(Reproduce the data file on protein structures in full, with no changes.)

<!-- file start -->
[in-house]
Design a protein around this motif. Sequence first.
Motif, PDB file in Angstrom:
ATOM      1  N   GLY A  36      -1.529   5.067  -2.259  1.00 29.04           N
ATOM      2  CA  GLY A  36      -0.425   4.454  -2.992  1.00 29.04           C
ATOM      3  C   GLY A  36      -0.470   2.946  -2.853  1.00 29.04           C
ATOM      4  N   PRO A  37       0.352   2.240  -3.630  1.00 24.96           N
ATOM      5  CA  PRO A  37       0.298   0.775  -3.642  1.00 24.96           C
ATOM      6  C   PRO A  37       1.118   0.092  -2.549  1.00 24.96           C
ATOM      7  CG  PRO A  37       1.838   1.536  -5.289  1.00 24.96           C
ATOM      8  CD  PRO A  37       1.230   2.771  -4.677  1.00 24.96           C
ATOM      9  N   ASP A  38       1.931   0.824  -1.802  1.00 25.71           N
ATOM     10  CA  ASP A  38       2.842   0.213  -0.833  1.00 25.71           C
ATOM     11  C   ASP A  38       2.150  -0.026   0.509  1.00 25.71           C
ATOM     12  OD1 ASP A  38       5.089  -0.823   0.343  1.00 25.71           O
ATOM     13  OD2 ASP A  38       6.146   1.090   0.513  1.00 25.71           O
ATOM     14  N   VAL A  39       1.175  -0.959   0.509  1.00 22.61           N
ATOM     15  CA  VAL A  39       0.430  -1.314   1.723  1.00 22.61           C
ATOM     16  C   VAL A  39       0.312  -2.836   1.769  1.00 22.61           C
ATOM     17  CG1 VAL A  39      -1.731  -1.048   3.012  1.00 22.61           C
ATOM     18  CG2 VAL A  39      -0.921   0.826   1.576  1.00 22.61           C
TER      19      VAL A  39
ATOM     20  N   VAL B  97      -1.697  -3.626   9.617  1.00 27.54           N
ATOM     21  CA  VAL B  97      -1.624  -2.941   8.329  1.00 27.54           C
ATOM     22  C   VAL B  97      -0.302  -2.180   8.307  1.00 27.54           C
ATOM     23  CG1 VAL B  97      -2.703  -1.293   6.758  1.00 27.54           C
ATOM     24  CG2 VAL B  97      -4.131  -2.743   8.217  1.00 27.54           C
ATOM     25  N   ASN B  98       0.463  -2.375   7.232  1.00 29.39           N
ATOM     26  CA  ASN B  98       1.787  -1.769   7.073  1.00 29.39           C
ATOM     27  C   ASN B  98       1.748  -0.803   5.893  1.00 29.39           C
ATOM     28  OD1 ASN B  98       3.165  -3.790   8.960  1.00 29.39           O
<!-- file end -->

[in-house]
Design a protein around this motif. Sequence first.
Motif, PDB file in Angstrom:
ATOM      1  N   GLY A  36      -1.529   5.067  -2.259  1.00 29.04           N
ATOM      2  CA  GLY A  36      -0.425   4.454  -2.992  1.00 29.04           C
ATOM      3  C   GLY A  36      -0.470   2.946  -2.853  1.00 29.04           C
ATOM      4  N   PRO A  37       0.352   2.240  -3.630  1.00 24.96           N
ATOM      5  CA  PRO A  37       0.298   0.775  -3.642  1.00 24.96           C
ATOM      6  C   PRO A  37       1.118   0.092  -2.549  1.00 24.96           C
ATOM      7  CG  PRO A  37       1.838   1.536  -5.289  1.00 24.96           C
ATOM      8  CD  PRO A  37       1.230   2.771  -4.677  1.00 24.96           C
ATOM      9  N   ASP A  38       1.931   0.824  -1.802  1.00 25.71           N
ATOM     10  CA  ASP A  38       2.842   0.213  -0.833  1.00 25.71           C
ATOM     11  C   ASP A  38       2.150  -0.026   0.509  1.00 25.71           C
ATOM     12  OD1 ASP A  38       5.089  -0.823   0.343  1.00 25.71           O
ATOM     13  OD2 ASP A  38       6.146   1.090   0.513  1.00 25.71           O
ATOM     14  N   VAL A  39       1.175  -0.959   0.509  1.00 22.61           N
ATOM     15  CA  VAL A  39       0.430  -1.314   1.723  1.00 22.61           C
ATOM     16  C   VAL A  39       0.312  -2.836   1.769  1.00 22.61           C
ATOM     17  CG1 VAL A  39      -1.731  -1.048   3.012  1.00 22.61           C
ATOM     18  CG2 VAL A  39      -0.921   0.826   1.576  1.00 22.61           C
TER      19      VAL A  39
ATOM     20  N   VAL B  97      -1.697  -3.626   9.617  1.00 27.54           N
ATOM     21  CA  VAL B  97      -1.624  -2.941   8.329  1.00 27.54           C
ATOM     22  C   VAL B  97      -0.302  -2.180   8.307  1.00 27.54           C
ATOM     23  CG1 VAL B  97      -2.703  -1.293   6.758  1.00 27.54           C
ATOM     24  CG2 VAL B  97      -4.131  -2.743   8.217  1.00 27.54           C
ATOM     25  N   ASN B  98       0.463  -2.375   7.232  1.00 29.39           N
ATOM     26  CA  ASN B  98       1.787  -1.769   7.073  1.00 29.39           C
ATOM     27  C   ASN B  98       1.748  -0.803   5.893  1.00 29.39           C
ATOM     28  OD1 ASN B  98       3.165  -3.790   8.960  1.00 29.39           O